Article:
As we might expect on the basis of the last sentence from the passage by Ingersoll, one of the most important values that animates much of atheist writing is the attempt to safeguard human freedom. This we encounter in the work of the German philosopher Eduard von Hartmann (1842-1906). In 1874 von Hartmann wrote a small book under the title Die Selbstzersetzung des Christenthums und die Religion der Zukunft [The Self-Annihilation of Christianity and the Religion of the Future]. In that book von Hartmann distinguished between the traditional religious position, based on moral heteronomy, and his own position, which was based on moral autonomy (see Chapter 4). It was the Protestant tradition in Christianity in particular that brought human autonomy to the fore, but, so von Hartmann argued, the principle of moral autonomy, although generated within the Christian worldview, will ultimately destroy Christianity. And he would have been pleased with that. Once one gives primacy to human reason and moral autonomy, the authority of the divine will and scripture have to be rejected: “For the absolute moral principle of Christianity is obedience to the divine will as expressed in Holy Scripture.” This is – and here comes my point – irreconcilable with human freedom, according to von Hartmann. As long as we believe in the theistic god who has created us and the rest of the world we have to conclude that we are nothing, he claims. Our true morality, von Hartmann tells us, can be nothing other than strict submission to the almighty will of this transcendent god. In that situation morality is heteronomous.
True morality, so von Hartmann contended, will always start with human autonomy, and, like Ingersoll, he also spelled out what this implies for the theistic worldview: “then all theistic morality will be necessarily unethical.” This implies that the “Christian idea has run its full course.” We have to find a new moral perspective for the modern world. As long as we believe in the idea of the theistic God we are nothing but an object, a material object made by a divine creator and, accordingly, limited in our freedom.
A similar argument to von Hartmann’s is used by another German philosopher, Nicolai Hartmann (1882-1950). In his Ethics (1926) Hartmann developed a theory of values that, though objective, have ideal being, affecting the world insofar as men act on them.
It has been rightly said that “the absence of religious thought in Hartmann’s philosophy is conspicuous.” For the history of atheism Hartmann is important because he denies the existence of a providential God. God’s providence would annihilate human freedom. Hartmann, in his “postulatory atheism,” teaches the opposite of Kant with regard to God: human freedom does not necessitate us to postulate God, but the reverse. God’s nature and human freedom stand in a contradictory relation as “thesis” and “anti-thesis.”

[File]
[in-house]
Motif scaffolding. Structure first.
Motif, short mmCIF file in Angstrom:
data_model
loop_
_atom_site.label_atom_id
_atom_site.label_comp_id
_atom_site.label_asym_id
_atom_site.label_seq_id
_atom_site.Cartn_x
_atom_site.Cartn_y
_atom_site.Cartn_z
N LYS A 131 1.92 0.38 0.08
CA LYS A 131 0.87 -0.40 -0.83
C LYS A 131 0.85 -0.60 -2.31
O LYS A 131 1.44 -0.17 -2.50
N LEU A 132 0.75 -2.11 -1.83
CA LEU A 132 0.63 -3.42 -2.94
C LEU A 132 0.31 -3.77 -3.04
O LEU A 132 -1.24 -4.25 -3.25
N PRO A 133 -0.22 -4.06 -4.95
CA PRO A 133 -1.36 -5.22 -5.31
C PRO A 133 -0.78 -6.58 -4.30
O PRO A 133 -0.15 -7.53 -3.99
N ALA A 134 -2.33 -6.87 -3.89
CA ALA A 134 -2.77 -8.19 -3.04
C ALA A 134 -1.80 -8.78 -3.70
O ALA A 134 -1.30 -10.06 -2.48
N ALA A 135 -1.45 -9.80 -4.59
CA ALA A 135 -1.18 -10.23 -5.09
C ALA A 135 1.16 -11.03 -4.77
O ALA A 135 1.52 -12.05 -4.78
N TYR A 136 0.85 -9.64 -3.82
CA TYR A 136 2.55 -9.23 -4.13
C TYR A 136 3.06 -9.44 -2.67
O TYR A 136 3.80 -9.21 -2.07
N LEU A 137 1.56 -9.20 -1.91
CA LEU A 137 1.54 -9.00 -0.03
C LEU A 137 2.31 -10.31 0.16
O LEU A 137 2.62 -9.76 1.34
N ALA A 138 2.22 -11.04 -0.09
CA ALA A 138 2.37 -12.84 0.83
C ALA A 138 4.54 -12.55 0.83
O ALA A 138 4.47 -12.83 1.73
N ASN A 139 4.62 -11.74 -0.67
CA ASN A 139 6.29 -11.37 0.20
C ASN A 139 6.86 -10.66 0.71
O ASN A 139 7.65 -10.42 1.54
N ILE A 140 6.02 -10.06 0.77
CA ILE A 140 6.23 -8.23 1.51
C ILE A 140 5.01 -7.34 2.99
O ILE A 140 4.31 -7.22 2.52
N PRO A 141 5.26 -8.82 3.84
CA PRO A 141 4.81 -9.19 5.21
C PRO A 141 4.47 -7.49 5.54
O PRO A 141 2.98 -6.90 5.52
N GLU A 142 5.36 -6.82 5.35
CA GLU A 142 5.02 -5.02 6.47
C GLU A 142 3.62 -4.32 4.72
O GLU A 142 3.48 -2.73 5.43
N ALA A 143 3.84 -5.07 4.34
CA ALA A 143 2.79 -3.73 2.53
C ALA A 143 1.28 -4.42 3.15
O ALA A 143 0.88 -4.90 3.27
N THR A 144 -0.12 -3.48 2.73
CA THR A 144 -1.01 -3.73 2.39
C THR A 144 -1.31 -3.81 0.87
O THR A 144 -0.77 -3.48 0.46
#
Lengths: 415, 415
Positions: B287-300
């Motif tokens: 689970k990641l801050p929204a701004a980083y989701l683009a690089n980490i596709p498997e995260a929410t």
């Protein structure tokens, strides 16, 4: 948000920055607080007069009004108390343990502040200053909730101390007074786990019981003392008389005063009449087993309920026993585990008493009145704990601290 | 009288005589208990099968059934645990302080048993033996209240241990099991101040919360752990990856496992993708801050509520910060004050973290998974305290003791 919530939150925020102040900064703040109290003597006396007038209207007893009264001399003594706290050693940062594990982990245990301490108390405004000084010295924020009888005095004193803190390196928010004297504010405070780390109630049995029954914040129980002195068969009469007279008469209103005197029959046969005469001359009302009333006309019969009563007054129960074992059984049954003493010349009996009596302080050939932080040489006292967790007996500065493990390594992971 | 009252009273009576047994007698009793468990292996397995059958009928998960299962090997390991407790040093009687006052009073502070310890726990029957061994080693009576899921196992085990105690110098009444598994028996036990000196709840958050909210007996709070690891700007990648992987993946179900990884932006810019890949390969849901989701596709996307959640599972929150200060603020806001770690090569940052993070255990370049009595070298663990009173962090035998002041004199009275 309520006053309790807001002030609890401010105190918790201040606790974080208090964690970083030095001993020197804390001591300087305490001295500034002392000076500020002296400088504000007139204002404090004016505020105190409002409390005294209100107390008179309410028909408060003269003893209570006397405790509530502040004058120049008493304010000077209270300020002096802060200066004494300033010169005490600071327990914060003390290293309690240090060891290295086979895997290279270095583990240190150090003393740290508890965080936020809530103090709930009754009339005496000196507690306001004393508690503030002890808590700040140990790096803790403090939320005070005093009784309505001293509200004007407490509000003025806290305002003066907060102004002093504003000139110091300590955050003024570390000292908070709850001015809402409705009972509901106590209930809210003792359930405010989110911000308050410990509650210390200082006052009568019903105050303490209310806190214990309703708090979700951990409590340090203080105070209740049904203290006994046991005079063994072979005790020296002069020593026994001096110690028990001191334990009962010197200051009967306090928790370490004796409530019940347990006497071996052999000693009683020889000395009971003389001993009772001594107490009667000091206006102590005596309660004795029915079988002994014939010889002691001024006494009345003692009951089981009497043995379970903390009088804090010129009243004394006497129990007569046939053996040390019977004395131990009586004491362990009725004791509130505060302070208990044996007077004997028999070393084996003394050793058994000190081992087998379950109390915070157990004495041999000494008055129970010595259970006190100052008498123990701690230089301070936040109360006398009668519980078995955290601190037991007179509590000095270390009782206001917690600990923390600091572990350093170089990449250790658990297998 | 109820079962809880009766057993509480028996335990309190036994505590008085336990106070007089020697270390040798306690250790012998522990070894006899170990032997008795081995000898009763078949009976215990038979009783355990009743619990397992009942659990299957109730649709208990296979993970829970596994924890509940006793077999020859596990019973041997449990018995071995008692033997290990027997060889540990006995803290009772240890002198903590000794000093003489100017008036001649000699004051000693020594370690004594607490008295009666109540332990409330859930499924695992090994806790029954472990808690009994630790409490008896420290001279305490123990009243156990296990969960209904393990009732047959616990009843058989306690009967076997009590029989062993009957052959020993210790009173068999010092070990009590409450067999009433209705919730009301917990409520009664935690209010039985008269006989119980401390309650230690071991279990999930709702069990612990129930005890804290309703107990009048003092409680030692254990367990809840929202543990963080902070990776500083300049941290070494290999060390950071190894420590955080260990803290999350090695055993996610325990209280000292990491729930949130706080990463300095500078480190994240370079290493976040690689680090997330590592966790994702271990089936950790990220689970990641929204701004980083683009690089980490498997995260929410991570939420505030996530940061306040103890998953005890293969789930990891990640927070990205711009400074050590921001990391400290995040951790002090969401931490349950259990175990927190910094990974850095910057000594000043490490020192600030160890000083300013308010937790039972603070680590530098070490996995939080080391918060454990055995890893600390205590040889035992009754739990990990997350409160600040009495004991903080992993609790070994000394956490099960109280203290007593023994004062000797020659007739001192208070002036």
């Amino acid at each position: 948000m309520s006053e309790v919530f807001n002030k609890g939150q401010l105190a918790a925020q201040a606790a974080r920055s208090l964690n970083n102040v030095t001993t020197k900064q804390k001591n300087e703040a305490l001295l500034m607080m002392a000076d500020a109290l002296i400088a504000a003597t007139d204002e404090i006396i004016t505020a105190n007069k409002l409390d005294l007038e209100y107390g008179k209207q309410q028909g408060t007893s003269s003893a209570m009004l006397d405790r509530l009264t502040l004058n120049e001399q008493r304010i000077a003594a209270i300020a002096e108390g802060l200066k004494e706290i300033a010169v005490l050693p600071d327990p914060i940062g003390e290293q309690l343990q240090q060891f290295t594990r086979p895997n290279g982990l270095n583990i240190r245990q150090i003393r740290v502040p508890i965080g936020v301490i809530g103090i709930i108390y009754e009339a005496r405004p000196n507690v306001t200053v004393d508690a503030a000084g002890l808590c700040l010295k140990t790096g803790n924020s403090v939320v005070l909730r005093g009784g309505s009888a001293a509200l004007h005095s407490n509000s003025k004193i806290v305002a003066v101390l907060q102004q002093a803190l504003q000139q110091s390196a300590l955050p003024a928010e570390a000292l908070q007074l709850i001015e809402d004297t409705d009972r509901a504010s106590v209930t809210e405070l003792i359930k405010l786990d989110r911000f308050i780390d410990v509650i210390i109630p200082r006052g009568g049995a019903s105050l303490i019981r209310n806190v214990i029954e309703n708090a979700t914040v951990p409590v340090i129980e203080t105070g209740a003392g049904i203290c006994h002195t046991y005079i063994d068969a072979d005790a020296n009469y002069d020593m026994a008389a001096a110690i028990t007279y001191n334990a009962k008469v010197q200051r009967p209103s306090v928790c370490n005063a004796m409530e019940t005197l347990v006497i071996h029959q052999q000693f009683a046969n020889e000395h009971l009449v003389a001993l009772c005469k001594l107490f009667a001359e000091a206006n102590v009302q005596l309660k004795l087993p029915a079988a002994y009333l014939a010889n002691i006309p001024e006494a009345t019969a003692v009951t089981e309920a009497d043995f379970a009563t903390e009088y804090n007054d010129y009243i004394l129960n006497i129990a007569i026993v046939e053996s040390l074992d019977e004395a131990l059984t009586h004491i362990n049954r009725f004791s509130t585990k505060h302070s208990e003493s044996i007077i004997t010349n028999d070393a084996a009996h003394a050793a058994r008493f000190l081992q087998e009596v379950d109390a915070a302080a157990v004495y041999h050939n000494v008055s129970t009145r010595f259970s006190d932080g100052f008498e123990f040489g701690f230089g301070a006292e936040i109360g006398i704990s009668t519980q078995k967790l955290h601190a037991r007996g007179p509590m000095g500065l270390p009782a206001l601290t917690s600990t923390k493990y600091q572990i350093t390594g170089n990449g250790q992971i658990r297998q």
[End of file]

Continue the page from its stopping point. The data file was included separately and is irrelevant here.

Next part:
Excerpted from The Secular Outlook by Paul Cliteur. Copyright © Paul Cliteur, 2010. All rights reserved.
 Masterson, Patrick, Atheism and Alienation: A Study of the Philosophical Sources of Contemporary Atheism, Penguin Books, Harmondsworth 1973 (1971), p. 13.
 Quoted in: Williams, David Allen, A Celebration of Humanism and Freethought, Prometheus Books, Amherst, NY 1995, p. 67.
 See: Ingersoll, R.G., “Why Am I an Agnostic?” North American Review, December 1889, Part I, pp. 1-14, p. 6. See also: Ingersoll, R.G., “Mistakes of Moses,” in: R.G. Ingersoll, Complete Lectures of Col. R.G. Ingersoll, M.A. Donogue & Company, Chicago 1900, pp. 7-19, p. 7: “Now and then someone asks me why I am endeavoring to interfere with the religious faith of others, and why I try to take from the world the consolation naturally arising from a belief in eternal fire. And I answer: I want to do what little I can to make my country truly free. I want to broaden the horizon of our people.”
 Von Hartmann, Eduard, Die Selbstzersetzung des Christenthums und die Religion der Zukunft [The Self-Annihilation of Christianity and the Religion of the Future], Zweite Auflage, Carl Ducker Verlag, Berlin 1874, p. 12.
 Ibid., p. 30.
 Ibid., p. 91.
 Reissued in English as: Hartmann, Nicolai, Moral Phenomena, Vol. I of Ethics, With a new introduction by Andreas A.M. Kinneging, Transaction Publishers, New Brunswick, 2002; Hartmann, Nicolai, Moral Values, Vol. II of Ethics, Transaction Publishers, New Brunswick 2003; Hartmann, Nicolai, Moral Freedom, Vol. III of Ethics, Transaction Publishers, New Brunswick 2004.
 Cerf, Walter, “Nicolai Hartmann,” in: Paul Edwards, ed., The Encyclopedia of Philosophy, Vol. III, Macmillan & The Free Press, New York 1967, pp. 421-426, p. 426.
The Secular Outlook: In Defense of Moral and Political Secularism
By Paul Cliteur
Wiley-Blackwell; 1 edition (13 August 2010)
Paul Cliteur: Towards a Secular Europe
In Humanity We Trust (on behalf of the Giordano Bruno Foundation, 2014)